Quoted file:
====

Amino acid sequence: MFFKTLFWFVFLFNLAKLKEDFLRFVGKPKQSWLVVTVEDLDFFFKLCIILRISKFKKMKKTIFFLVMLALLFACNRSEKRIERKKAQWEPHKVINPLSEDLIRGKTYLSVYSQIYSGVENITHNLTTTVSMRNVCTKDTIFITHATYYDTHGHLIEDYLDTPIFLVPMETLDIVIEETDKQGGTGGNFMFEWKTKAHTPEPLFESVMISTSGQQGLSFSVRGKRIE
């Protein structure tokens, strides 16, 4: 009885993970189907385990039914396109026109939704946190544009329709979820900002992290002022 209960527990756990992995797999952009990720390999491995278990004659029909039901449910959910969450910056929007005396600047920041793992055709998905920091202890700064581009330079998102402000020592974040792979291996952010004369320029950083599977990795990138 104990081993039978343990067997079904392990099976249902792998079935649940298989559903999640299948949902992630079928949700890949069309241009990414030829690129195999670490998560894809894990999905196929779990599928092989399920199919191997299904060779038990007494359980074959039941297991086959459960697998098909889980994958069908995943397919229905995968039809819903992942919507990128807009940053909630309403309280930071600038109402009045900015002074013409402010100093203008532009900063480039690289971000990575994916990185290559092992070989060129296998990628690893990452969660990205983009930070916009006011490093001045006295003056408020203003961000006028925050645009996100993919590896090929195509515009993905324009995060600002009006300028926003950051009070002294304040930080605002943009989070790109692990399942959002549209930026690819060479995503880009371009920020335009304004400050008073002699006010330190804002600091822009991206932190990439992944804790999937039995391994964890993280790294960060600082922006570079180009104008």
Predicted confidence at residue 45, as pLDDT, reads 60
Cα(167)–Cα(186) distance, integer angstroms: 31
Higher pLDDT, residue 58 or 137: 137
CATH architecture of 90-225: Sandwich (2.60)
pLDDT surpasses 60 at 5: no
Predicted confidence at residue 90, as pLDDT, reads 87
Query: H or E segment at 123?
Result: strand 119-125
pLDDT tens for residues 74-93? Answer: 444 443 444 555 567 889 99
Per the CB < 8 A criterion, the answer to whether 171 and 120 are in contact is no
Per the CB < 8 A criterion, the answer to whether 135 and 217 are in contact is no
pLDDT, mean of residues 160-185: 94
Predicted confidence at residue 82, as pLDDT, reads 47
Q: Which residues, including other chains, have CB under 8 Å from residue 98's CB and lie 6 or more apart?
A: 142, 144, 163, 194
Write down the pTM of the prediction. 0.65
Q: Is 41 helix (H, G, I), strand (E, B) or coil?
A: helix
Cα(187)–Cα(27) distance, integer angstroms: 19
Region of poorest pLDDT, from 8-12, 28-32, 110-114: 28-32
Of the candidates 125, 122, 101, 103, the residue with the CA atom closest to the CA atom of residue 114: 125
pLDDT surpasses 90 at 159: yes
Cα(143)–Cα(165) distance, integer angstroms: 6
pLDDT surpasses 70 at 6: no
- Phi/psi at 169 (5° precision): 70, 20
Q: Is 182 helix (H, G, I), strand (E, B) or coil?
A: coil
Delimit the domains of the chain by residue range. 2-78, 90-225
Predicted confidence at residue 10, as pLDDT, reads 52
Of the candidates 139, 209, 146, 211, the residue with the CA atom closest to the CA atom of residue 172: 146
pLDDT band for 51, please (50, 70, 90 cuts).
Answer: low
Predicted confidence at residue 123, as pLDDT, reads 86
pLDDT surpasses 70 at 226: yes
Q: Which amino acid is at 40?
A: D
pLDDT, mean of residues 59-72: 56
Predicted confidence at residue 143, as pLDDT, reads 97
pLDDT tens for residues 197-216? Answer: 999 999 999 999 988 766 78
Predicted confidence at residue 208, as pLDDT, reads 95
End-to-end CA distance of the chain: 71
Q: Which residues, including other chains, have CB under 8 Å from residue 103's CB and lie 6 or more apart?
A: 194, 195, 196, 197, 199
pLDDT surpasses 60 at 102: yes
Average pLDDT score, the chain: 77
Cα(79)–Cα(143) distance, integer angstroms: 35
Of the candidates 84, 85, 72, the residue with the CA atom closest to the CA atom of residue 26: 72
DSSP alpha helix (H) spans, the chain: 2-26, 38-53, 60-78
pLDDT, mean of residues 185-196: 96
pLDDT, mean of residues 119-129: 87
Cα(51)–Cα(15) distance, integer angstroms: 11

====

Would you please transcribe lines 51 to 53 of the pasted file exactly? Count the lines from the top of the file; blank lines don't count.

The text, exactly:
pLDDT, mean of residues 185-196: 96
pLDDT, mean of residues 119-129: 87
Cα(51)–Cα(15) distance, integer angstroms: 11